G = H – TS

Where G = your unattractiveness towards women.

H = a cosmological constant which stands for the average man’s attractiveness to the average woman. Its value is exactly . . . 3.

T = your amount of power in telomeres. To calculate this, hold your hands in front of you, perpendicular to your chest, and the move them away from each other until they are at a distance which you feel represents the amount of power you have from converting so many pounds of sugar. Make sure to have a friend measure this as it is quite difficult to gauge the distance while maintaining the proper gap.

S = penis size

The lower your value of G, the greater your affinity to women.

Use this information as wisely as I have and you will soon be sleeping on top of large piles of money with many beautiful women.

Pow"er (?), n. Zool.

Same as Poor, the fish.


© Webster 1913.

Pow"er, n. [OE. pouer, poer, OF. poeir, pooir, F. pouvoir, n. & v., fr. LL. potere, for L. posse, potesse, to be able, to have power. See Possible, Potent, and cf. Posse comitatus.]


Ability to act, regarded as latent or inherent; the faculty of doing or performing something; capacity for action or performance; capability of producing an effect, whether physical or moral: potency; might; as, a man of great power; the power of capillary attraction; money gives power.

"One next himself in power, and next in crime."



Ability, regarded as put forth or exerted; strength, force, or energy in action; as, the power of steam in moving an engine; the power of truth, or of argument, in producing conviction; the power of enthusiasm.

"The power of fancy."



Capacity of undergoing or suffering; fitness to be acted upon; susceptibility; -- called also passive power; as, great power of endurance.

Power, then, is active and passive; faculty is active power or capacity; capacity is passive power. Sir W. Hamilton.


The exercise of a faculty; the employment of strength; the exercise of any kind of control; influence; dominion; sway; command; government.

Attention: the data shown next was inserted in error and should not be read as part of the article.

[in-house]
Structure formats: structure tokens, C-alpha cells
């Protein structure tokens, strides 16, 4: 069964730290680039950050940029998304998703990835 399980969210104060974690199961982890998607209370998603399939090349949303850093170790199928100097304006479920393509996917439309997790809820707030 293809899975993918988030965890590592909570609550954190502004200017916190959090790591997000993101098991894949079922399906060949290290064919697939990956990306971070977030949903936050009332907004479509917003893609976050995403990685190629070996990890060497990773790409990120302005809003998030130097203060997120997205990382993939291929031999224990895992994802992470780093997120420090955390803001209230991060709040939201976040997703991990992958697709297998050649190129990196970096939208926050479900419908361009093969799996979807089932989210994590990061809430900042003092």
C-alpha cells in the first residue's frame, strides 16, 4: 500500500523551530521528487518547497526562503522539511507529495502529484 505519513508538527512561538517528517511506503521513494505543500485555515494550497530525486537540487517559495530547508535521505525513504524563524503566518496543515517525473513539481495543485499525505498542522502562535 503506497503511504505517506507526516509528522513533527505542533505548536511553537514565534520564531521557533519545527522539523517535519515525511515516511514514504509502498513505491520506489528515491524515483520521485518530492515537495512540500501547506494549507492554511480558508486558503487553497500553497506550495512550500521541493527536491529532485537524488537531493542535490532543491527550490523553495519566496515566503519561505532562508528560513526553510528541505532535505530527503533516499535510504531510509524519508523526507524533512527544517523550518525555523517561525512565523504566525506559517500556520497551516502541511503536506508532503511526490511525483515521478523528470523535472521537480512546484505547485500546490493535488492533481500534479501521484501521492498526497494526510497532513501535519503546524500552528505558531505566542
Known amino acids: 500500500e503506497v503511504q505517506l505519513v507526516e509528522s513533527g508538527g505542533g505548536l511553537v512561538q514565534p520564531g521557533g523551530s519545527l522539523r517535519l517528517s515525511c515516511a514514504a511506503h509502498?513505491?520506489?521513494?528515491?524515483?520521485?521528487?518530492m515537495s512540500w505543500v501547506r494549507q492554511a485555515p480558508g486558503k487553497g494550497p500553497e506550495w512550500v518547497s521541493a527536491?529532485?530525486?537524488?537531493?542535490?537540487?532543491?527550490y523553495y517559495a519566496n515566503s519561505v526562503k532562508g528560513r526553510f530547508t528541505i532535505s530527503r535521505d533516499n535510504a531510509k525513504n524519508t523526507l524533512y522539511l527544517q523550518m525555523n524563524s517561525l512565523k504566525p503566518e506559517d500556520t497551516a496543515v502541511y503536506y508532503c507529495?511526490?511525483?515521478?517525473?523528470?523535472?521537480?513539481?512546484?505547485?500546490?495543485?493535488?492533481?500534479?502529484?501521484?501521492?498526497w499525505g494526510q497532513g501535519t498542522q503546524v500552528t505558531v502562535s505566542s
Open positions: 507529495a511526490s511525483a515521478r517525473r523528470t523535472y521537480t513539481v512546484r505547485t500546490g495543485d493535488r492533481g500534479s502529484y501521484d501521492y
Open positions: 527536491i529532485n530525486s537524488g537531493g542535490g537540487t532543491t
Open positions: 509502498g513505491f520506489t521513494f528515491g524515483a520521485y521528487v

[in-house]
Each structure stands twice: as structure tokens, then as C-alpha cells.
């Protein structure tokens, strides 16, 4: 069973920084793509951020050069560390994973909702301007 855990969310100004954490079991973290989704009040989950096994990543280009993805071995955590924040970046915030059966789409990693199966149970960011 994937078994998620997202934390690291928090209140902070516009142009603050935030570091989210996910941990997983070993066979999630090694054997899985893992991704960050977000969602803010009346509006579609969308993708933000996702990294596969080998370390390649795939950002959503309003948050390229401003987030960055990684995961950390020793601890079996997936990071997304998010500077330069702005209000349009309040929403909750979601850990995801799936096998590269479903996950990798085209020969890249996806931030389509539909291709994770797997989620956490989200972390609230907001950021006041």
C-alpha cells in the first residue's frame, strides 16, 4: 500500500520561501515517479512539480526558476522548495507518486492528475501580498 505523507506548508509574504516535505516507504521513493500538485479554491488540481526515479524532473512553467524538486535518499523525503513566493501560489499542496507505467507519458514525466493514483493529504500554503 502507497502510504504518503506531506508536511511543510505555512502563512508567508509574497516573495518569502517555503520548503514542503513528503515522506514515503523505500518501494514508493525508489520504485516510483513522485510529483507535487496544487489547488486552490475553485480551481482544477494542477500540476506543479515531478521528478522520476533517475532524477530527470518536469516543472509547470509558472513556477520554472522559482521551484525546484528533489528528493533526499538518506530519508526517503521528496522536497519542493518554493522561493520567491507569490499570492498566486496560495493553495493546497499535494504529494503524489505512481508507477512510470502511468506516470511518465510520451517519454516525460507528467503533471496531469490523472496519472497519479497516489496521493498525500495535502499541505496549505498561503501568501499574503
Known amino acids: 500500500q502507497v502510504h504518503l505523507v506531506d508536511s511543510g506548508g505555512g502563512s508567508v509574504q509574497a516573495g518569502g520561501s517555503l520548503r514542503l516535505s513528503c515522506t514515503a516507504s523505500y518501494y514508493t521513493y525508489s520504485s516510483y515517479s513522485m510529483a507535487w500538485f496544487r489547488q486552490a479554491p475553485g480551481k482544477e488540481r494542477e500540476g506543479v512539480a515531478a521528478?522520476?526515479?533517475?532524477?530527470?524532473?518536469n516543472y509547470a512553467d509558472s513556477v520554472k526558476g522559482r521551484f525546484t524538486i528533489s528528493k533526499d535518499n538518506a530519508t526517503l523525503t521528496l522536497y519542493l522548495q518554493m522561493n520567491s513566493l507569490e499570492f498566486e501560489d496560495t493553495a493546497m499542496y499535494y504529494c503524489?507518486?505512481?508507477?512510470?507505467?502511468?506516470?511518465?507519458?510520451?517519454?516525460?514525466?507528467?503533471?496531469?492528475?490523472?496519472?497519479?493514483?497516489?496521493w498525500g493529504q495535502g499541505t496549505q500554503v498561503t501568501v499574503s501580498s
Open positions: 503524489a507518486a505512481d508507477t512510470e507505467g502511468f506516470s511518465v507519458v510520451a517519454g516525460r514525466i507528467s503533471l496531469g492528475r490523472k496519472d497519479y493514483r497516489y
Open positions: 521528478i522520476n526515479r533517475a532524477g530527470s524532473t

Power is no blessing in itself but when it is employed to protect the innocent. Swift.


The agent exercising an ability to act; an individual invested with authority; an institution, or government, which exercises control; as, the great powers of Europe; hence, often, a superhuman agent; a spirit; a divinity.

"The powers of darkness."


And the powers of the heavens shall be shaken. Matt. xxiv. 29.


A military or naval force; an army or navy; a great host.


Never such a power . . . Was levied in the body of a land. Shak.


A large quantity; a great number; as, a power o good things.



8. Mech. (a)

The rate at which mechanical energy is exerted or mechanical work performed, as by an engine or other machine, or an animal, working continuously; as, an engine of twenty horse power.

⇒ The English unit of power used most commonly is the horse power. See Horse power.


A mechanical agent; that from which useful mechanical energy is derived; as, water power; steam power; hand power, etc.


Applied force; force producing motion or pressure; as, the power applied at one and of a lever to lift a weight at the other end


⇒ This use in mechanics, of power as a synonym for force, is improper and is becoming obsolete.


A machine acted upon by an animal, and serving as a motor to drive other machinery; as, a dog power


Power is used adjectively, denoting, driven, or adapted to be driven, by machinery, and not actuated directly by the hand or foot; as, a power lathe; a power loom; a power press.

9. Math.

The product arising from the multiplication of a number into itself; as, a square is the second power, and a cube is third power, of a number.

10. () Metaph.

Mental or moral ability to act; one of the faculties which are possessed by the mind or soul; as, the power of thinking, reasoning, judging, willing, fearing, hoping, etc.

I. Watts.

The guiltiness of my mind, the sudden surprise of my powers, drove the grossness . . . into a received belief. Shak.

11. Optics

The degree to which a lens, mirror, or any optical instrument, magnifies; in the telescope, and usually in the microscope, the number of times it multiplies, or augments, the apparent diameter of an object; sometimes, in microscopes, the number of times it multiplies the apparent surface.

12. Law

An authority enabling a person to dispose of an interest vested either in himself or in another person; ownership by appointment.



Hence, vested authority to act in a given case; as, the business was referred to a committee with power.

Power may be predicated of inanimate agents, like the winds and waves, electricity and magnetism, gravitation, etc., or of animal and intelligent beings; and when predicated of these beings, it may indicate physical, mental, or moral ability or capacity.

Mechanical powers. See under Mechanical. -- Power loom, ∨ Power press. See Def. 8 (d), note. -- Power of attorney. See under Attorney. -- Power of a point (relative to a given curve) Geom., the result of substituting the coordinates of any point in that expression which being put equal to zero forms the equation of the curve; as, x2 + y2 - 100 is the power of the point x, y, relative to the circle x2 + y2 - 100 = 0.


© Webster 1913.